Violence masks the true story of Brazilian football

Posted by Tim Vickery

Brazil protests post-Confederations Cup final 20130701GettyImagesProtests became part of the backdrop of the recent Confederations Cup in Brazil and have created perhaps unnecessary fears ahead of next year's World Cup

RIO DE JANEIRO -- There's a video doing the rounds, a catchy little ditty called, "Dumb ways to die in Rio." It is an eclectic collection of contemporary big-city Brazilian perils, ranging from the amusing (dropping dead in shock at the price of real estate) to the annoying (being squashed on a subway train), to the downright terrifying.

Football, of course, gets a look in. A cited danger is that of cheering a goal for your team while surrounded by opposing supporters. This, undoubtedly, can be a real danger. Brazil currently leads the rankings for football-related deaths.

Another couple were registered recently at the other end of the country, in the remote northern town of Pio XII. In a local amateur game, a referee apparently got into a fight with a player and stabbed him to death, at which point members of the crowd took justice into their own hands and ended up decapitating the referee.

It is a story that has made headlines all around the world, with the global media playing up the scare angle with less than a year to go to the 2014 World Cup and hundreds of thousands of tourists expected to visit.

This, of course, is something of a stretch. This incident is so extraordinarily barbaric, so off the scale of normality that it would clearly be unfair to extract too many conclusions from it. In 19 years in Brazil, I don't think I have even once been decapitated. I'm almost sure I would remember such a thing.

But I do recall twice being mugged at gunpoint. It is an experience common to most big-city dwellers in Brazil, and it is something that can change you forever.

The first time happened was in late 2000, about 1 a.m., at a bus stop close to Vasco da Gama's stadium. It is a notoriously dangerous part of town. No local journalist I know would even dream of taking the bus back home after a big game there. But I had an unblemished record, and, anyway, I'm a huge believer in the importance of public transport. Two muggers, one with a neat right hook, the other with a huge pistol, went about their business.

From the moment I was jumped I can still recall what was happening, and what I was feeling about it, in every fraction of every second. The most durable thought stays with me still: Looking into the eyes of the guy with the pistol, it was clear that he could pull the trigger and get a good night's sleep. It would have all the moral consequences of ripping the ring off a beer can. It is one thing to know this on a theoretical basis; quite another to have this demonstrated in front of you in such visceral circumstances.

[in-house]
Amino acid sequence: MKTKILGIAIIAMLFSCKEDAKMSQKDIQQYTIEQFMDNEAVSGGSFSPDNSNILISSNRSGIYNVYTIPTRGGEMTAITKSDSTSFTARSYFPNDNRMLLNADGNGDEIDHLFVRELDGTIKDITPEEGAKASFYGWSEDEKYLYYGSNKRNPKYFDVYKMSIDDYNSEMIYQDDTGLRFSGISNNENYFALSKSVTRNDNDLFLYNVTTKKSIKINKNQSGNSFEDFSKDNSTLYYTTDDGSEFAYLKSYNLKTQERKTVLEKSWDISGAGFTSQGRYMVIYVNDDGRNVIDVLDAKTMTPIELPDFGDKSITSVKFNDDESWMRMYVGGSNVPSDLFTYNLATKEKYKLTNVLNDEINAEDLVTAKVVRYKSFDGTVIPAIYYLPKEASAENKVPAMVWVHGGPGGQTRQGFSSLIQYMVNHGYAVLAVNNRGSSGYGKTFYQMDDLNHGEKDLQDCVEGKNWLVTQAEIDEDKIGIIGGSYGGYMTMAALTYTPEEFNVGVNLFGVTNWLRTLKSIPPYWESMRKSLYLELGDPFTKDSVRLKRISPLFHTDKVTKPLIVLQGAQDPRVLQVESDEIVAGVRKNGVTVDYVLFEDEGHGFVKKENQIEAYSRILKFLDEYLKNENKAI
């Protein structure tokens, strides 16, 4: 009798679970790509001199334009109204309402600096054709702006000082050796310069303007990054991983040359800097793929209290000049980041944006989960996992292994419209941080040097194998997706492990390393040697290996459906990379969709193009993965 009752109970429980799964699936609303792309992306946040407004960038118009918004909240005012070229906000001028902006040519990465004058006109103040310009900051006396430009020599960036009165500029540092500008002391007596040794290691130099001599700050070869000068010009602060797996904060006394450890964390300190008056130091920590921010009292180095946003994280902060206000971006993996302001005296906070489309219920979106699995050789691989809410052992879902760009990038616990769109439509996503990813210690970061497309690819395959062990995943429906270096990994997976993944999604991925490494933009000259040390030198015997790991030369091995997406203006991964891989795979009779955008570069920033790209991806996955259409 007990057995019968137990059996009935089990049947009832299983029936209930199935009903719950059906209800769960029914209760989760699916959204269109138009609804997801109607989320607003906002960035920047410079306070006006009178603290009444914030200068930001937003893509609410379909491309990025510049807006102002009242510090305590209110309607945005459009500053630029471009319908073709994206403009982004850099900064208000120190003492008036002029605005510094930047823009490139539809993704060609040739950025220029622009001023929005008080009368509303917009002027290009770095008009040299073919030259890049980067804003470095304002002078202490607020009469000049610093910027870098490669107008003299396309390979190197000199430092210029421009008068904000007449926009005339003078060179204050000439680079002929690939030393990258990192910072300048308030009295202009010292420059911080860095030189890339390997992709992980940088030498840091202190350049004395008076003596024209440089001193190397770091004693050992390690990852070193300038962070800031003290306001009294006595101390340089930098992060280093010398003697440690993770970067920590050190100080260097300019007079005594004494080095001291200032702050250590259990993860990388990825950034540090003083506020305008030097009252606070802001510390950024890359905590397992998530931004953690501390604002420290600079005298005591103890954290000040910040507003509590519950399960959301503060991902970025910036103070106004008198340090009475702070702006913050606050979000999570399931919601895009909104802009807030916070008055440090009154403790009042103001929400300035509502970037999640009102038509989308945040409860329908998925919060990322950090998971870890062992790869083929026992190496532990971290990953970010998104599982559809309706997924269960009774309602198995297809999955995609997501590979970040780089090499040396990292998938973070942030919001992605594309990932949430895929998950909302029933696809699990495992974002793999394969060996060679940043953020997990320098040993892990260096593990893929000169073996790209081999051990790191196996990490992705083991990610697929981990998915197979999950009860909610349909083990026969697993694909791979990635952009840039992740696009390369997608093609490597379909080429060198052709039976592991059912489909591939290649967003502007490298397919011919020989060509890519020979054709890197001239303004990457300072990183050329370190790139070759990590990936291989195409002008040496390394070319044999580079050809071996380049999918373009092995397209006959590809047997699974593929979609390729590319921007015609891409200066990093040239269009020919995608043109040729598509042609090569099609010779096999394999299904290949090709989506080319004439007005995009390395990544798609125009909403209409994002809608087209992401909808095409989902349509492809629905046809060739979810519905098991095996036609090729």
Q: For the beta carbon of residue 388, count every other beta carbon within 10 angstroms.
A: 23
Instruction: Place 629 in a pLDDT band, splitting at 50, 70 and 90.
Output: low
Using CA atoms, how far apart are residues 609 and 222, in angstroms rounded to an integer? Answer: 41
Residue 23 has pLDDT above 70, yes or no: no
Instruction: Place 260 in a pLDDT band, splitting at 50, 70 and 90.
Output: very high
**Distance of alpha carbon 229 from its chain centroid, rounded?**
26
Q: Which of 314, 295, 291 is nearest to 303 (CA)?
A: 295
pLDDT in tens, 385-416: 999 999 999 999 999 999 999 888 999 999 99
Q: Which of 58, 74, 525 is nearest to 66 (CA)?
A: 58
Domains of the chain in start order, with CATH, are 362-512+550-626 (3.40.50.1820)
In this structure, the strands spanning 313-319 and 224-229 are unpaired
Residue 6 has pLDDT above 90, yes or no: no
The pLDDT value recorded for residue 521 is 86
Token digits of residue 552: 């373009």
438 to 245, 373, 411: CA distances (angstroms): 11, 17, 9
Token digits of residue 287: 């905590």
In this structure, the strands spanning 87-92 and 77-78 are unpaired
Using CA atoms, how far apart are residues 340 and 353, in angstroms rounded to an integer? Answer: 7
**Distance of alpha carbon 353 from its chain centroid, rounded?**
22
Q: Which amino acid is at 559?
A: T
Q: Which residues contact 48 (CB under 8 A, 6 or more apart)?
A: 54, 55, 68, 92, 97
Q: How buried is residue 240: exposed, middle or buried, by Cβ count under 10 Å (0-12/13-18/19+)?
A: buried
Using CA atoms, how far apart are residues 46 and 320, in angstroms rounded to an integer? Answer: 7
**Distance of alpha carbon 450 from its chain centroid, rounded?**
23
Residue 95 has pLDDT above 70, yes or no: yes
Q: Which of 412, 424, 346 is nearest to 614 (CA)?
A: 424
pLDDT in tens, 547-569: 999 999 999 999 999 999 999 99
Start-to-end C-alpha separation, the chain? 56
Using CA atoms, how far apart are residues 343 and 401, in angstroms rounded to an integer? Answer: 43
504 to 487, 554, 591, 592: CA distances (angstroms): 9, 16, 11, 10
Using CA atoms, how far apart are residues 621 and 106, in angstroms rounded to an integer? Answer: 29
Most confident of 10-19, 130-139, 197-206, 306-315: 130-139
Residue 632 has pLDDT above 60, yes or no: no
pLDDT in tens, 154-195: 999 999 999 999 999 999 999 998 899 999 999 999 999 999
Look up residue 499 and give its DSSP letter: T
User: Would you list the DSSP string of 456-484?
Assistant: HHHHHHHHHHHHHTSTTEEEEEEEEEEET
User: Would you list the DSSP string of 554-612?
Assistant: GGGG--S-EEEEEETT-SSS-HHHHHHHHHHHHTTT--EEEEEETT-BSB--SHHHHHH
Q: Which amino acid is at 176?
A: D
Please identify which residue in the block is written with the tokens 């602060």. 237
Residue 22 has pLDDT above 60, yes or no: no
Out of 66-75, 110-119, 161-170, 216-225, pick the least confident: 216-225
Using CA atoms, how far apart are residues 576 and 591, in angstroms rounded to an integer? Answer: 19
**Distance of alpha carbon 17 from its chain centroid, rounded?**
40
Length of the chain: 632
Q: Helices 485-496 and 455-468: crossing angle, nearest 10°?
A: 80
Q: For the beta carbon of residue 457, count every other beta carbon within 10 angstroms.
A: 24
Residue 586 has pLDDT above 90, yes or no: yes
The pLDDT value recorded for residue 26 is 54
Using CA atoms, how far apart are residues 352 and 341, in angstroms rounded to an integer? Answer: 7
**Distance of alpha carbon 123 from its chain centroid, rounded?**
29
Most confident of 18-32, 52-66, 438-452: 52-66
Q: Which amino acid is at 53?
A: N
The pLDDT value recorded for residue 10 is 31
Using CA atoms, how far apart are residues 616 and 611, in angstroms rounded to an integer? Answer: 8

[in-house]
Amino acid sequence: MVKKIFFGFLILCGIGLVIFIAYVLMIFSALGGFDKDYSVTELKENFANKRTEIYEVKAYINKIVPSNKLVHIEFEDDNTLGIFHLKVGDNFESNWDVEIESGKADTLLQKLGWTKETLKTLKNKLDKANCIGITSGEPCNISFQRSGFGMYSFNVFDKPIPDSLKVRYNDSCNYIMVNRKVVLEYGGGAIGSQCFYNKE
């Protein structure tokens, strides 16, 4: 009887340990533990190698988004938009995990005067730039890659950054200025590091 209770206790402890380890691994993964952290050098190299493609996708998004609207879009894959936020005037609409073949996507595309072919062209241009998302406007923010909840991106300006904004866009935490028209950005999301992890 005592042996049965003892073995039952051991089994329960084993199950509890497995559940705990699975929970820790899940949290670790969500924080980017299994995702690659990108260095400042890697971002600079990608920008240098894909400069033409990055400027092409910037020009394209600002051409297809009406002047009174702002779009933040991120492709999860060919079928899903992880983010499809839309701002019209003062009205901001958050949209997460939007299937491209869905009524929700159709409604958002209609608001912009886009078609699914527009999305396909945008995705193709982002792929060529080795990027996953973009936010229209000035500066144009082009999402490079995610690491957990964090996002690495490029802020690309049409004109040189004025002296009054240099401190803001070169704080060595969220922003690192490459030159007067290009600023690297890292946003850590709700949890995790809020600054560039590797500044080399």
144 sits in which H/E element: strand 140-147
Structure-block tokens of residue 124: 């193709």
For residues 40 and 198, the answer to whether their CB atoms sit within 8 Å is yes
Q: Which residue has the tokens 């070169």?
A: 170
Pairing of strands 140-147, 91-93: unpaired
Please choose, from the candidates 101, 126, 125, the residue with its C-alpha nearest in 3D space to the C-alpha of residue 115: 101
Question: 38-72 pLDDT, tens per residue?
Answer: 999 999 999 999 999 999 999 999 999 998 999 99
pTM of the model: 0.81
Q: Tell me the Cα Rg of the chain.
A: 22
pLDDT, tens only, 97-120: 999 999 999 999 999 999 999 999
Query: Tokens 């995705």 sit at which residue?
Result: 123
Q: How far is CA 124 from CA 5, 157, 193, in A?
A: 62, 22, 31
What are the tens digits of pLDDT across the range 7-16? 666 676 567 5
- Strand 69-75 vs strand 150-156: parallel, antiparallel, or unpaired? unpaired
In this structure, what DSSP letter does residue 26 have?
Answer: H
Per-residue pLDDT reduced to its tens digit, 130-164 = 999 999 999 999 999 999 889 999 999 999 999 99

Nevertheless, it was a good lesson to learn, and it held me in good stead the second time I was in such a situation.

This one came straight out of the blue, a couple of weeks ago in Salvador. It was the Sunday after Brazil had beaten Italy in the final group game of the Confederations Cup, and I took advantage of a rare morning off to wander up and down the coastline. It was a beautiful day, and I was thinking to myself that it might be a good idea to return for a holiday sometime soon. I went back to the hotel and changed clothes for a wander some 15 minutes down the road to the local supermarket. It was 1 in the afternoon on a glorious day. What could possibly go wrong?

Had I stuck to the street side, probably nothing. Instead, though, I wandered down the pavement alongside the beach – which made me visible. I didn't really know the location -- this was my first time in Salvador -- and was unaware of the dangers. My assailant, a charmless young man with a bicycle and a pistol, was clearly scouting for opportunities. He must have watched me making my happy way along, because he jumped me at exactly the right place from his point of view -- the point along the path that was most deserted.

He pulled up his bike and rolled up his shirt to reveal the pistol. Again, I felt that almost celestial calm descending, the seconds multiplying into fractions in which I calculated my response. I thought I might have a chance of brazening it out, so I walked on, waving him away. "Do you want to get shot in the back?" he cried. I weighed up the pros and cons and saw that the game was up. It was not a chance worth taking. There was one more line I tried. "There's nothing on me," I said. "It's all back at the hotel."

This had only the tiniest chance of success. My wallet was bulging in my pocket -- as he was well aware. He had been sizing me up before acting. So I handed over the money -- with a couple of attempts to keep something for myself -- and chalked it down to experience.

My response was almost certainly not ideal. I probably made too many attempts to negotiate. It would have been safer to have handed it over right from the start. But I can congratulate myself on keeping control -- panic and sudden movements can get you killed in these situations. And I can also congratulate myself for not trying to play the hero -- there were a couple of moments, just fractions of time, when the thought occurred to me that I could push him off his bike and make a break for it -- another silly action that could have got me killed. At the end of the day, I had lost about $50. My way of dealing with it: straight back to the hotel to write an article. And so in my own mind, I had come out on top, earning more than I had been forced to hand over.

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